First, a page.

Erik Lotichius: Anaitalrax

Ralph van Raat

Solaire Records SOL1005

This generous offering from Solaire records appeared in my review pile quite by chance, having commented on a Facebook post mentioning how much I had enjoyed some of Lotichius’ music only to have record producer Dirk Fischer offer to send me a copy of this new release. The Dutch composer lived most of his life in Belgium, but found himself neglected by the musical establishment in most of Europe on account of his music’s insistence on melody and traditional tonality. This is not to say Lotichius is without inventiveness, as his music is frequently characterised by a tonal tradition combined with elements of twentieth century music, in particular jazz music and occasionally minimalism. The music here is characterised by a fundamental lightness with a fondness for dance rhythms, while placing serious demands in front of the performer. Thankfully, the great Dutch pianist Ralph van Raat is more than up to this task. 

The pieces as a whole are dedicated “To Domenico Scarlatti with apologies”, which gives some indication of the wry humour in many of these works. Indeed the title Anaitalrax is actually a play on words, being “Scarlattiana” sounded in reverse. Each etude likewise has an individual dedication, presumably to the pianists for whom they were written and the entire collection spans over thirty years of Lotichius’ work. 

Taken as a whole, to listen to all of the music in one sitting is quite a task, which is a shame, as the pieces are individually very fine, but are very much studies. Really, I have found myself preferring to dip into this collection and listen to two or three pieces at a time, but for the immersive listener, the whole collection as an opportunity to trace a composer’s development over time should prove very appealing.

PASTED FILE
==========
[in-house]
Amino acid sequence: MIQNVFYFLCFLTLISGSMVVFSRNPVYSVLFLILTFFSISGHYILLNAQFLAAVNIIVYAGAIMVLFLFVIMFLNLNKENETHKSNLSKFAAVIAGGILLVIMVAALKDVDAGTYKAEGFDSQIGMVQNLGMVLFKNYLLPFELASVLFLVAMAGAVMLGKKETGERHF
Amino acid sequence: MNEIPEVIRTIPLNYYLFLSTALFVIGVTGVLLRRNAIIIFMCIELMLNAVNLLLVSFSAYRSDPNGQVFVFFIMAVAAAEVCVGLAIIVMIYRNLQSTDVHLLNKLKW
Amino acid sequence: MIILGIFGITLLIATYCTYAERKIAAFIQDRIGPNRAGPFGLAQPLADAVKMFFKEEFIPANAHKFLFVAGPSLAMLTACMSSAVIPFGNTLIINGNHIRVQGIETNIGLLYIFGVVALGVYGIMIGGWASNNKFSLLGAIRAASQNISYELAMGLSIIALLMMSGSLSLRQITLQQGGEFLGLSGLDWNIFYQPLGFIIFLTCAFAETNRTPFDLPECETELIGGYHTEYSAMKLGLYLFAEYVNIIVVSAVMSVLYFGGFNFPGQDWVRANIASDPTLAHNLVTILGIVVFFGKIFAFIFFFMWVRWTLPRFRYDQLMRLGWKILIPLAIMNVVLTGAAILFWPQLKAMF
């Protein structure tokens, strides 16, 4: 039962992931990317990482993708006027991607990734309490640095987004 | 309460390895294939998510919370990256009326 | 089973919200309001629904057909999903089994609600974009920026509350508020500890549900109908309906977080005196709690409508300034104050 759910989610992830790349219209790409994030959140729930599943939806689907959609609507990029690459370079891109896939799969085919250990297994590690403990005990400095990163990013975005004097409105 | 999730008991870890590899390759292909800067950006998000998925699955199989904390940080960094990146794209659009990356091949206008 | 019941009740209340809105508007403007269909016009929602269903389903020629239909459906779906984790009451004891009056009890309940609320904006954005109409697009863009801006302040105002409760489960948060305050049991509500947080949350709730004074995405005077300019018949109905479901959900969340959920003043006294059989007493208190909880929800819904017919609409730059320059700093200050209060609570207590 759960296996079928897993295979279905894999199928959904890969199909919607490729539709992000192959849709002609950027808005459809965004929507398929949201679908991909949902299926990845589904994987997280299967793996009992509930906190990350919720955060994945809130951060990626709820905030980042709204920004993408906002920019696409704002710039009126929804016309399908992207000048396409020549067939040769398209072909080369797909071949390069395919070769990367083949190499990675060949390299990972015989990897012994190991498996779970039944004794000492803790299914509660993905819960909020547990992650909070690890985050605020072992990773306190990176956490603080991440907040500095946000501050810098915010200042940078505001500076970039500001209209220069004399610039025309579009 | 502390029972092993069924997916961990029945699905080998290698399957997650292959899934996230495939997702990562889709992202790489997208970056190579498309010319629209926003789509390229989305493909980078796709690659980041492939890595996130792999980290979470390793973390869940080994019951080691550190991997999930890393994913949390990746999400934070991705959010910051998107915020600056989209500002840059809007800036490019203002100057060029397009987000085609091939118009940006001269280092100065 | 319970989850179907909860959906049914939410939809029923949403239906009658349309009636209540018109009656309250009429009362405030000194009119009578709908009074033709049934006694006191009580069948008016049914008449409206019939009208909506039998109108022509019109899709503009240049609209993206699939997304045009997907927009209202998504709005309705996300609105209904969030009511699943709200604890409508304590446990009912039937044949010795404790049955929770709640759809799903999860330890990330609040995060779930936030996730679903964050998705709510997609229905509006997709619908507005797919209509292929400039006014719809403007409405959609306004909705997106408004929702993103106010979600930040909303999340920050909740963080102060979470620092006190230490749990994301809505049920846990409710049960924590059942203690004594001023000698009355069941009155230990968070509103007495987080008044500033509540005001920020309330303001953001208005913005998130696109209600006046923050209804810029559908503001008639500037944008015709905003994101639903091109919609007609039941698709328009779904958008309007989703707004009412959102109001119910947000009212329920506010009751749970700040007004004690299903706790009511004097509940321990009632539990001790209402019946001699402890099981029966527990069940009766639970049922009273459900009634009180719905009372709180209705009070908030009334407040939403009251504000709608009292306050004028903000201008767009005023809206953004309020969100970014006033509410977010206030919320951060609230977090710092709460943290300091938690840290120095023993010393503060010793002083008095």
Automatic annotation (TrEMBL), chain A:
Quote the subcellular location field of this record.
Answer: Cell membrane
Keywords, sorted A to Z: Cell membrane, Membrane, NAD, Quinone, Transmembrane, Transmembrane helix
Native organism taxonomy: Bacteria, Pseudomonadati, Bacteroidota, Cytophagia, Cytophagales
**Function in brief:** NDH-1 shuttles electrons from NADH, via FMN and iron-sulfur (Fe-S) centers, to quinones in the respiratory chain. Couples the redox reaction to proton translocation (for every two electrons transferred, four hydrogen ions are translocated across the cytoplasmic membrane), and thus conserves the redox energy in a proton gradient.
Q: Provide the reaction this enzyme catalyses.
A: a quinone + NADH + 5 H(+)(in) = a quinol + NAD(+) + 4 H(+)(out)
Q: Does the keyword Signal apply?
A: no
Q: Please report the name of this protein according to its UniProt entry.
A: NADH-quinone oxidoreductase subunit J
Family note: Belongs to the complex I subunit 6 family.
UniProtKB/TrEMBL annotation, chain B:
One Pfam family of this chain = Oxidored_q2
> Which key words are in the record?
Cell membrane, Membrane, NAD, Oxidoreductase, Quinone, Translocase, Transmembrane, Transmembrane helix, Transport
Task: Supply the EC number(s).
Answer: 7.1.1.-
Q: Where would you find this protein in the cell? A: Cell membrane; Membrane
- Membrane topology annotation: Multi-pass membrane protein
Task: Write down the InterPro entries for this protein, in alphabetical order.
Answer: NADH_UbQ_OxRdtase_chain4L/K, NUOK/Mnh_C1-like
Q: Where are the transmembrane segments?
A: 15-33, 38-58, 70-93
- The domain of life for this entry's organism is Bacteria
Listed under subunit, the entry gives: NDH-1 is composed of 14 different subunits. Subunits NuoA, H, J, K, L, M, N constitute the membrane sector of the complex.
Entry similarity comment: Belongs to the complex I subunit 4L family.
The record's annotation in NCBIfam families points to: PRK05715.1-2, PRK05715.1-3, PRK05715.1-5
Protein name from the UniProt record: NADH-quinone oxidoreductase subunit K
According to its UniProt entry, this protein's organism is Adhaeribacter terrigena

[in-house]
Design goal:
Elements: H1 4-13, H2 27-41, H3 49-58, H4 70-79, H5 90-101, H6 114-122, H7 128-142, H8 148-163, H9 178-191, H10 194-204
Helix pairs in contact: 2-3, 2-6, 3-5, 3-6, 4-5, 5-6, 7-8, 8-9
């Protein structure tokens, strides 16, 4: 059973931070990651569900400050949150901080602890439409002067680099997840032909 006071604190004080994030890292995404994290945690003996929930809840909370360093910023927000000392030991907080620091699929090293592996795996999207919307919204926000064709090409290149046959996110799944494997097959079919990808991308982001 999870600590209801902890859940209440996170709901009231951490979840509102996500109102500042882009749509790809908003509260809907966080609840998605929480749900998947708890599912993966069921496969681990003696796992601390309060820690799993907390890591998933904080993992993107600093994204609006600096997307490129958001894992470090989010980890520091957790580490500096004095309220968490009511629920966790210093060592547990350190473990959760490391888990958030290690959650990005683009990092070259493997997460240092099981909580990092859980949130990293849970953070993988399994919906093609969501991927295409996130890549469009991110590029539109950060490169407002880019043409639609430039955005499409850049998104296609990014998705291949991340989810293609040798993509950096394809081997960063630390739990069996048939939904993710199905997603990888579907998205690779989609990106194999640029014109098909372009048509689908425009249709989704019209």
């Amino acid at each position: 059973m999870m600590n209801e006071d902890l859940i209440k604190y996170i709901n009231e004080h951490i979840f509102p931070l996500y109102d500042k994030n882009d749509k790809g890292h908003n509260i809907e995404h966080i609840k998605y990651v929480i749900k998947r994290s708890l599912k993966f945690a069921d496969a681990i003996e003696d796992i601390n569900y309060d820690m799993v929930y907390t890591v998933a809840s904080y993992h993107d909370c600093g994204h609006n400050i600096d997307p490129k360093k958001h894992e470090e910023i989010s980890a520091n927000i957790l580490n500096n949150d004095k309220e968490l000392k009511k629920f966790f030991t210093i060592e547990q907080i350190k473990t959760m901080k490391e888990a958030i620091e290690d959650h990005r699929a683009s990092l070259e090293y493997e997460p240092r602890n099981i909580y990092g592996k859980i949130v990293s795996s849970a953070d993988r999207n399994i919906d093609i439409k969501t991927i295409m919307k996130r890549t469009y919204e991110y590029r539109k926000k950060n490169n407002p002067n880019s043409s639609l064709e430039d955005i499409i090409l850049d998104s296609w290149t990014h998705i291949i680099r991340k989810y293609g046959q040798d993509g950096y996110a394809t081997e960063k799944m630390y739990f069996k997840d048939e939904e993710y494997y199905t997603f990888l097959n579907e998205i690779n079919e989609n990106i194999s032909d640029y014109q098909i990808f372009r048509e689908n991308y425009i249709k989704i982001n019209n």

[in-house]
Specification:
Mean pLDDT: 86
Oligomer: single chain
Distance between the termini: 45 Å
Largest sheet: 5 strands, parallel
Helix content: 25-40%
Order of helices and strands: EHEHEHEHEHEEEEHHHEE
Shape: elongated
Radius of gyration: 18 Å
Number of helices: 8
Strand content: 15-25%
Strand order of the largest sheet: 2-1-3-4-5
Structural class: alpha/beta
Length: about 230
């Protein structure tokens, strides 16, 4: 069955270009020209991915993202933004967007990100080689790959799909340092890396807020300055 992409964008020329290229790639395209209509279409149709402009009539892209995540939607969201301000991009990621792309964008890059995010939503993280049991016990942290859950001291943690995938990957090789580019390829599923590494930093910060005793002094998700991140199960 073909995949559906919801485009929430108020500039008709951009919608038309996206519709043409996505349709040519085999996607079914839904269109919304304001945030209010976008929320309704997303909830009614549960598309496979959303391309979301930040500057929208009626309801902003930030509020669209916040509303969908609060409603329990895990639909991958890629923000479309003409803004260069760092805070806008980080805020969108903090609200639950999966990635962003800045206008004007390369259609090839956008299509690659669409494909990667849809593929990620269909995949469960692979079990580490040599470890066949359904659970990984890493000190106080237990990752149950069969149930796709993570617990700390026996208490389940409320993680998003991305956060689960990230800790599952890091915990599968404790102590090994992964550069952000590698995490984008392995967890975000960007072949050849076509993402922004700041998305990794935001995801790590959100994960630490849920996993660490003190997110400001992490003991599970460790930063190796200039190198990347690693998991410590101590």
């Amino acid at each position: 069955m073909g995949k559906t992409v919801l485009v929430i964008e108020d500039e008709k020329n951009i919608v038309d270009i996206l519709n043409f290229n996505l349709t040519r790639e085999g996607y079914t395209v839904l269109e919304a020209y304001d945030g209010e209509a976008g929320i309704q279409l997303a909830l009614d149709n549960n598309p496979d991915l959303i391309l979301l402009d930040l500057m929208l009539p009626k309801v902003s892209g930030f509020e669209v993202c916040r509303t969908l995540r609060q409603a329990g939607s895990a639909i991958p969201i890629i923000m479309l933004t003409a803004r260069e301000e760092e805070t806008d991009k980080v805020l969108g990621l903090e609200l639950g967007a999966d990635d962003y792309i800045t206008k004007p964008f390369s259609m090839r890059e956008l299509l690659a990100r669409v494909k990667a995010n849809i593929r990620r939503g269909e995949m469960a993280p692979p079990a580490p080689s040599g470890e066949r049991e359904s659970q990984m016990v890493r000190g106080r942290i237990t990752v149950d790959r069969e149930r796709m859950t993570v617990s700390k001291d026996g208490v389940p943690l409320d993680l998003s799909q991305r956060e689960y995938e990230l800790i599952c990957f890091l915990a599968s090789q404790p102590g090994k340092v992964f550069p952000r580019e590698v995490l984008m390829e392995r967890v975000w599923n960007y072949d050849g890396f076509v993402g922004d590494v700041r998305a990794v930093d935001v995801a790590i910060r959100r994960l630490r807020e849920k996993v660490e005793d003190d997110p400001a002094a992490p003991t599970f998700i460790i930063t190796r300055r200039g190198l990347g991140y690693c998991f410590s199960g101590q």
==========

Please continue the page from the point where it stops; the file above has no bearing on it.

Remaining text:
Van Raat’s performance is meticulously detailed and features occasionally startling dynamic contrasts and the quality of the recorded sound is second to none. But this is more than a mere overview of a composer’s piano works, this is a labour of love. Fischer worked directly with the composer’s widow to try and arrange performances and recordings of this music, which proved unexpectedly difficult, as the liner notes explain. The collaboration between the producers, the performer and the composer’s family shows unerring dedication to this all-too-often overlooked composer of melody-driven classical music and the package not only features two discs but a sensitive and illuminating biography by Tobias Fischer as well as a detailed account of the recording process. 

Some of the etudes, I will admit, did occasionally try my patience [particularly the more repetitive pieces, which nod to minimalism], but these are in a minority. More often, these jazzy and tuneful, often light-hearted pieces, are a delight to listen to. Highlights for me personally include the Ragtime etude [track six on disc one], of which there is also an orchestral arrangement, and the Andante dedicated to Martin R, also on disc one. Disc two opens in sprightly mood as well with the Allegro etude, but there are several more mellow works found on the second disc such as the lovely slow tango Moderato dedicated to Elaine Rodriguez and the collection is rounded off with the beautifully lilting bis Moderato dedicated to Ernst Has. For those of you who are passionate about promoting modern music that is melody-driven and instantly appealing, this disc is a must have collection – it would be a crime to let Lotichius’ music slip under the radar. DA

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